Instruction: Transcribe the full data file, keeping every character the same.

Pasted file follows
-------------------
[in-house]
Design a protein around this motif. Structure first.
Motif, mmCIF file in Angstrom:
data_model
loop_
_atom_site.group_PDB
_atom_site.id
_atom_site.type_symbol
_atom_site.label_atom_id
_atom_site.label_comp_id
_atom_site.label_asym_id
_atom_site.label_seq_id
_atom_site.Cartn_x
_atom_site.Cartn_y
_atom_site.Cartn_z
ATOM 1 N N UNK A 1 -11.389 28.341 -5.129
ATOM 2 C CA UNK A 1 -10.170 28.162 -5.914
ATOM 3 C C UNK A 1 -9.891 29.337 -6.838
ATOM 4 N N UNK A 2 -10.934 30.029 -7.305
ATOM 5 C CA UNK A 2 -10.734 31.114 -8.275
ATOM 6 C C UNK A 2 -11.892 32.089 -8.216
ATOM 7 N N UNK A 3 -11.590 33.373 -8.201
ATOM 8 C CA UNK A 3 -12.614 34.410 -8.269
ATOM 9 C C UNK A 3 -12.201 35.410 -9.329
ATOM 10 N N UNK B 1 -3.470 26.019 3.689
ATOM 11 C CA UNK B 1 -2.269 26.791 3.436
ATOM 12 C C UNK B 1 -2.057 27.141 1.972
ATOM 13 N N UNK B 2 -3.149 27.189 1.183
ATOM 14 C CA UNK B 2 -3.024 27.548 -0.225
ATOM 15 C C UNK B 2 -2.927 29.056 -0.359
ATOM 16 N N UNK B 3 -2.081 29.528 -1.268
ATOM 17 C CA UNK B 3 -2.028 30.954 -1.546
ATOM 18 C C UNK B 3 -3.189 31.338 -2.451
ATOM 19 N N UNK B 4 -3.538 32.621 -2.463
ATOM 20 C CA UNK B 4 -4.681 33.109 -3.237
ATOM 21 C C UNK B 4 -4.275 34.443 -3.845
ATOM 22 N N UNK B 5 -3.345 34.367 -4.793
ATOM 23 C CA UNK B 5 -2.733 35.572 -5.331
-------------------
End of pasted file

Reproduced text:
[in-house]
Design a protein around this motif. Structure first.
Motif, mmCIF file in Angstrom:
data_model
loop_
_atom_site.group_PDB
_atom_site.id
_atom_site.type_symbol
_atom_site.label_atom_id
_atom_site.label_comp_id
_atom_site.label_asym_id
_atom_site.label_seq_id
_atom_site.Cartn_x
_atom_site.Cartn_y
_atom_site.Cartn_z
ATOM 1 N N UNK A 1 -11.389 28.341 -5.129
ATOM 2 C CA UNK A 1 -10.170 28.162 -5.914
ATOM 3 C C UNK A 1 -9.891 29.337 -6.838
ATOM 4 N N UNK A 2 -10.934 30.029 -7.305
ATOM 5 C CA UNK A 2 -10.734 31.114 -8.275
ATOM 6 C C UNK A 2 -11.892 32.089 -8.216
ATOM 7 N N UNK A 3 -11.590 33.373 -8.201
ATOM 8 C CA UNK A 3 -12.614 34.410 -8.269
ATOM 9 C C UNK A 3 -12.201 35.410 -9.329
ATOM 10 N N UNK B 1 -3.470 26.019 3.689
ATOM 11 C CA UNK B 1 -2.269 26.791 3.436
ATOM 12 C C UNK B 1 -2.057 27.141 1.972
ATOM 13 N N UNK B 2 -3.149 27.189 1.183
ATOM 14 C CA UNK B 2 -3.024 27.548 -0.225
ATOM 15 C C UNK B 2 -2.927 29.056 -0.359
ATOM 16 N N UNK B 3 -2.081 29.528 -1.268
ATOM 17 C CA UNK B 3 -2.028 30.954 -1.546
ATOM 18 C C UNK B 3 -3.189 31.338 -2.451
ATOM 19 N N UNK B 4 -3.538 32.621 -2.463
ATOM 20 C CA UNK B 4 -4.681 33.109 -3.237
ATOM 21 C C UNK B 4 -4.275 34.443 -3.845
ATOM 22 N N UNK B 5 -3.345 34.367 -4.793
ATOM 23 C CA UNK B 5 -2.733 35.572 -5.331